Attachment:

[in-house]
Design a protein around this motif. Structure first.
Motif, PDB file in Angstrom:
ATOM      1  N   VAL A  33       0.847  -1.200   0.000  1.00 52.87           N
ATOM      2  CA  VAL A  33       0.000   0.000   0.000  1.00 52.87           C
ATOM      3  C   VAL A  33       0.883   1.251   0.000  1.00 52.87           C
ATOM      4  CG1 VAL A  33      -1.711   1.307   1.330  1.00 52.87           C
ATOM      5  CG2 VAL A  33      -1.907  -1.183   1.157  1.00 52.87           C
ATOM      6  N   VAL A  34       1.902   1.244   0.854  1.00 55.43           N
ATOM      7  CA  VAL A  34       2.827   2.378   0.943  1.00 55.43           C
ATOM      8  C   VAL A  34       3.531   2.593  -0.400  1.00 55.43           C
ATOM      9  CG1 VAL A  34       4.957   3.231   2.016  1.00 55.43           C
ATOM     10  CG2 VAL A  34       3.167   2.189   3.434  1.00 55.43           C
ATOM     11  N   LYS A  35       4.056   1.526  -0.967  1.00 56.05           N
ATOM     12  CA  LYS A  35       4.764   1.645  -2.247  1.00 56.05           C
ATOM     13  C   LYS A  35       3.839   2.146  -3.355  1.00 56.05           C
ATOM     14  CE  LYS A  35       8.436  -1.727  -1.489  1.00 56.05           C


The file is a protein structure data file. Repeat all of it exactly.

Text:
[in-house]
Design a protein around this motif. Structure first.
Motif, PDB file in Angstrom:
ATOM      1  N   VAL A  33       0.847  -1.200   0.000  1.00 52.87           N
ATOM      2  CA  VAL A  33       0.000   0.000   0.000  1.00 52.87           C
ATOM      3  C   VAL A  33       0.883   1.251   0.000  1.00 52.87           C
ATOM      4  CG1 VAL A  33      -1.711   1.307   1.330  1.00 52.87           C
ATOM      5  CG2 VAL A  33      -1.907  -1.183   1.157  1.00 52.87           C
ATOM      6  N   VAL A  34       1.902   1.244   0.854  1.00 55.43           N
ATOM      7  CA  VAL A  34       2.827   2.378   0.943  1.00 55.43           C
ATOM      8  C   VAL A  34       3.531   2.593  -0.400  1.00 55.43           C
ATOM      9  CG1 VAL A  34       4.957   3.231   2.016  1.00 55.43           C
ATOM     10  CG2 VAL A  34       3.167   2.189   3.434  1.00 55.43           C
ATOM     11  N   LYS A  35       4.056   1.526  -0.967  1.00 56.05           N
ATOM     12  CA  LYS A  35       4.764   1.645  -2.247  1.00 56.05           C
ATOM     13  C   LYS A  35       3.839   2.146  -3.355  1.00 56.05           C
ATOM     14  CE  LYS A  35       8.436  -1.727  -1.489  1.00 56.05           C